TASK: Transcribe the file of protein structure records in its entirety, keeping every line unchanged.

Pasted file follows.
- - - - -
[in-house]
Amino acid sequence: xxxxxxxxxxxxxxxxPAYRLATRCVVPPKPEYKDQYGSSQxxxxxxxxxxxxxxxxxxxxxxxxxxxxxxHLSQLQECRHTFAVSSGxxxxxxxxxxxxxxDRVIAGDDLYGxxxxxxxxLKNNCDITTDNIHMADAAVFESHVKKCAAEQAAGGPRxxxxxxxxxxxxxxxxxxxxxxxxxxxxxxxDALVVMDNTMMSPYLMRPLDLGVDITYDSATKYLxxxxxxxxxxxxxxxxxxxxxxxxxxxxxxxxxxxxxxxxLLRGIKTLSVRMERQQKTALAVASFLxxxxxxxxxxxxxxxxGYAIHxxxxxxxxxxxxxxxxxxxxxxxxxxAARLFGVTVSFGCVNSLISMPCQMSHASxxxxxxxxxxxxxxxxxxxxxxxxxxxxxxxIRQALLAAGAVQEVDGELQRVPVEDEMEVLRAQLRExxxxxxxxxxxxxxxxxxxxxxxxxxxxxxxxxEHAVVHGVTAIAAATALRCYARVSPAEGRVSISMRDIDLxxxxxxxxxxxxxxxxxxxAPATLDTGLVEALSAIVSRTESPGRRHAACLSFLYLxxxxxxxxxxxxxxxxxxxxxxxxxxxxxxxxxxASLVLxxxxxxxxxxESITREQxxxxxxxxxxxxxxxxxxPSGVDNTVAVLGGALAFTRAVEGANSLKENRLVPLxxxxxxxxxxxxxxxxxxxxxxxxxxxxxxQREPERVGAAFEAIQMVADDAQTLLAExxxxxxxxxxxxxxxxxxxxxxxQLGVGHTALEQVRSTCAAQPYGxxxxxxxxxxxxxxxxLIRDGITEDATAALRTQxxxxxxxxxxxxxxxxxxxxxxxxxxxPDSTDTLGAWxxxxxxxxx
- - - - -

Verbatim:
[in-house]
Amino acid sequence: xxxxxxxxxxxxxxxxPAYRLATRCVVPPKPEYKDQYGSSQxxxxxxxxxxxxxxxxxxxxxxxxxxxxxxHLSQLQECRHTFAVSSGxxxxxxxxxxxxxxDRVIAGDDLYGxxxxxxxxLKNNCDITTDNIHMADAAVFESHVKKCAAEQAAGGPRxxxxxxxxxxxxxxxxxxxxxxxxxxxxxxxDALVVMDNTMMSPYLMRPLDLGVDITYDSATKYLxxxxxxxxxxxxxxxxxxxxxxxxxxxxxxxxxxxxxxxxLLRGIKTLSVRMERQQKTALAVASFLxxxxxxxxxxxxxxxxGYAIHxxxxxxxxxxxxxxxxxxxxxxxxxxAARLFGVTVSFGCVNSLISMPCQMSHASxxxxxxxxxxxxxxxxxxxxxxxxxxxxxxxIRQALLAAGAVQEVDGELQRVPVEDEMEVLRAQLRExxxxxxxxxxxxxxxxxxxxxxxxxxxxxxxxxEHAVVHGVTAIAAATALRCYARVSPAEGRVSISMRDIDLxxxxxxxxxxxxxxxxxxxAPATLDTGLVEALSAIVSRTESPGRRHAACLSFLYLxxxxxxxxxxxxxxxxxxxxxxxxxxxxxxxxxxASLVLxxxxxxxxxxESITREQxxxxxxxxxxxxxxxxxxPSGVDNTVAVLGGALAFTRAVEGANSLKENRLVPLxxxxxxxxxxxxxxxxxxxxxxxxxxxxxxQREPERVGAAFEAIQMVADDAQTLLAExxxxxxxxxxxxxxxxxxxxxxxQLGVGHTALEQVRSTCAAQPYGxxxxxxxxxxxxxxxxLIRDGITEDATAALRTQxxxxxxxxxxxxxxxxxxxxxxxxxxxPDSTDTLGAWxxxxxxxxx